The analysis in this paper is organized as follows. Section II presents our framework of analysis. Section П1 analyzes bargaining both with and without offer-of-settlement rules and puts forward the basic lemma that subsequent sections will use to identify the outcome under particular offer-of-settlement rules. Section IV analyzes the case of one special offer and one-sided cost-shifting, Section V analyzes the case of one special offer and two-sided cost-shifting, and Section VI analyzes the case in which each side makes a special offer. Section VII addresses an important extension of the model. Section VIII considers the implications of the model for the outcomes under the existing Rule 68. Section IX discusses some implications for the design of offer-of-settlement rules. Finally, Section X concludes.
FRAMEWORK OF ANALYSIS
Suppose that a risk-neutral plaintiff files a suit against a risk-neutral defendant at time t = 0. Assume that unless the parties settle out of court, the court will render judgment. If the parties proceed all the way to judgment, then in the intervening time, the plaintiff incurs positive litigation costs in the amount Cp, and the defendant, in the amount Cd. The parties may incur different litigation costs. For example, they may differ in terms of the costliness of the evidence they must produce in court or in terms of how disruptive they find litigation to be. Let С denote the total litigation costs: С = Cp + Cd.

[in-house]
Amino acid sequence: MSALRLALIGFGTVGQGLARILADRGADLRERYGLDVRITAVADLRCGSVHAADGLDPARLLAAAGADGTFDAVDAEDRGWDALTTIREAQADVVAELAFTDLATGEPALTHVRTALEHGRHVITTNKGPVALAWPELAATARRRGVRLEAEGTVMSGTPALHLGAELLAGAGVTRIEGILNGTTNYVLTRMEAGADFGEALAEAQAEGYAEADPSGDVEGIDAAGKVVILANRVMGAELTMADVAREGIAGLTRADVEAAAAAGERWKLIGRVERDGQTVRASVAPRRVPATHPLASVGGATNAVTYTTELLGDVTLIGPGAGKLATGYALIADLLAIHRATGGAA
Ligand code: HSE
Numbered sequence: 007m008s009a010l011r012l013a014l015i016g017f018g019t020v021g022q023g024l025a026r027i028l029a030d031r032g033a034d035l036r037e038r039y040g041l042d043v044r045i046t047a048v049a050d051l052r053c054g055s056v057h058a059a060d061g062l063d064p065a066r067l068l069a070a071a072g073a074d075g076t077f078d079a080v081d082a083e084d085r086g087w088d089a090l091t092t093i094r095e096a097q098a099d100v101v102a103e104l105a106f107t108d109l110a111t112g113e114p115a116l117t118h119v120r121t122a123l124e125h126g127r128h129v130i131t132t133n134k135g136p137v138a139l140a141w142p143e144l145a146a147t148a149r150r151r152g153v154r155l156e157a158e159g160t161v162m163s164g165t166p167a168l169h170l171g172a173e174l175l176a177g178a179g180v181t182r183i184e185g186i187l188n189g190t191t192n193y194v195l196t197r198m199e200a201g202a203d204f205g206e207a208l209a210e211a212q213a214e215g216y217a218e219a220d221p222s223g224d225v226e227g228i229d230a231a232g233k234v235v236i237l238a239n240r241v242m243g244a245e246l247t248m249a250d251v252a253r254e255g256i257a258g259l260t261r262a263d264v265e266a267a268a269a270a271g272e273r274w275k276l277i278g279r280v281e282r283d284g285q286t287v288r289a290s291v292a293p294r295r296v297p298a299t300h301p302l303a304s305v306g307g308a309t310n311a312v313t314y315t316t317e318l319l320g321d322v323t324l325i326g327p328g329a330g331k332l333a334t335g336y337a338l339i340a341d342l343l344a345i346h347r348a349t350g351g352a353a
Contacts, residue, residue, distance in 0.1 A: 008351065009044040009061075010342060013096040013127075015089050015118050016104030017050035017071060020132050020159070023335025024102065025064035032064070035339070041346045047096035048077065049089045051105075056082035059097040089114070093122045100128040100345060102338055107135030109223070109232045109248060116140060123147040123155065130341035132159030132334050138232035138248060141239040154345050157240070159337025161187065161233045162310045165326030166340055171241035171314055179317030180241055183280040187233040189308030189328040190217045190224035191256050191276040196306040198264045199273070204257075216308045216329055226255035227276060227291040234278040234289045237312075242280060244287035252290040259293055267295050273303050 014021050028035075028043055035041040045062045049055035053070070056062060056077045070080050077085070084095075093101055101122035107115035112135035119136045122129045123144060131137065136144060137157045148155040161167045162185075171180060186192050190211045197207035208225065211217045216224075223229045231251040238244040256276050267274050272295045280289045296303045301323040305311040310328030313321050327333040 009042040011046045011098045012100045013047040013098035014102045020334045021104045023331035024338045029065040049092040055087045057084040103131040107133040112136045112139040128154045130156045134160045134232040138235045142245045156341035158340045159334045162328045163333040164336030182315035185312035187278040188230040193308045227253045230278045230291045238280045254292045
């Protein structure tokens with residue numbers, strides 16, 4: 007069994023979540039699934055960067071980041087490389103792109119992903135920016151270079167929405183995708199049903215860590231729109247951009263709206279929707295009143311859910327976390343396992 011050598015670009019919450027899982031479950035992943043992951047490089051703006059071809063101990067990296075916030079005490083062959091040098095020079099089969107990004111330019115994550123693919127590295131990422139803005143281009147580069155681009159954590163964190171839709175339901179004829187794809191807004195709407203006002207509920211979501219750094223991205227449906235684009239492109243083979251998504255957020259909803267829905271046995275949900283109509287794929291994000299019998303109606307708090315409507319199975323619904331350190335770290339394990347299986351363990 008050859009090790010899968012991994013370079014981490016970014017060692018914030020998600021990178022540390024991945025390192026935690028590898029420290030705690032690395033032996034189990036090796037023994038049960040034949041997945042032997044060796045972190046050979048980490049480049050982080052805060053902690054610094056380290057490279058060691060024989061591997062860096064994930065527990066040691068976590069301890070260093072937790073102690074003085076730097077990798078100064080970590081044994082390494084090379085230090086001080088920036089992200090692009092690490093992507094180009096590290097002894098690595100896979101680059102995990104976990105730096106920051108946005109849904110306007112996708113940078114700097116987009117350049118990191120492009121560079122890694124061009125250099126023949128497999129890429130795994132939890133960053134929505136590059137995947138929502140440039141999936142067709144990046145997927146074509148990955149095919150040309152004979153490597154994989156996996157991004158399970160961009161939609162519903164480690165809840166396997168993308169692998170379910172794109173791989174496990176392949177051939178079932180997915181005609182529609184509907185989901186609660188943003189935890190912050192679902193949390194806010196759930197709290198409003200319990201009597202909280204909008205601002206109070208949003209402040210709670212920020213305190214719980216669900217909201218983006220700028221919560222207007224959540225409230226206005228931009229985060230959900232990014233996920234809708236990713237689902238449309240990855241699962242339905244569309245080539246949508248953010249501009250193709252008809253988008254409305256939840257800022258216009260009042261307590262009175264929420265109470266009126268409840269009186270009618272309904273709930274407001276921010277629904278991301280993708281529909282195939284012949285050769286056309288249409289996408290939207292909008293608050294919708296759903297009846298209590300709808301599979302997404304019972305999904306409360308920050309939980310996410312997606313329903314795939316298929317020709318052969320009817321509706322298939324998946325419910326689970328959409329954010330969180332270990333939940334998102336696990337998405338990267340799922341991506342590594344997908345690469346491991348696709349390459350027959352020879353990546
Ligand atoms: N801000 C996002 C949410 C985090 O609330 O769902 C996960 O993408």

Assume that there are n stages to the litigation process, from the filing of a suit to judgment at trial, and that the parties’ litigation costs are spread over these n stages. At each stage i = 1, …, n, each party incurs some portion of its total litigation costs. Let cp‘ and cd‘ denote the litigation expenditures in stage i by the plaintiff and the defendant respectively. Assume that the court can observe these litigation costs and can therefore allocate these costs between the parties according to any applicable cost-shifting rule. Assume that the parties have identical discount rates and that all money values are expressed in terms of their present discounted value at time t = 0.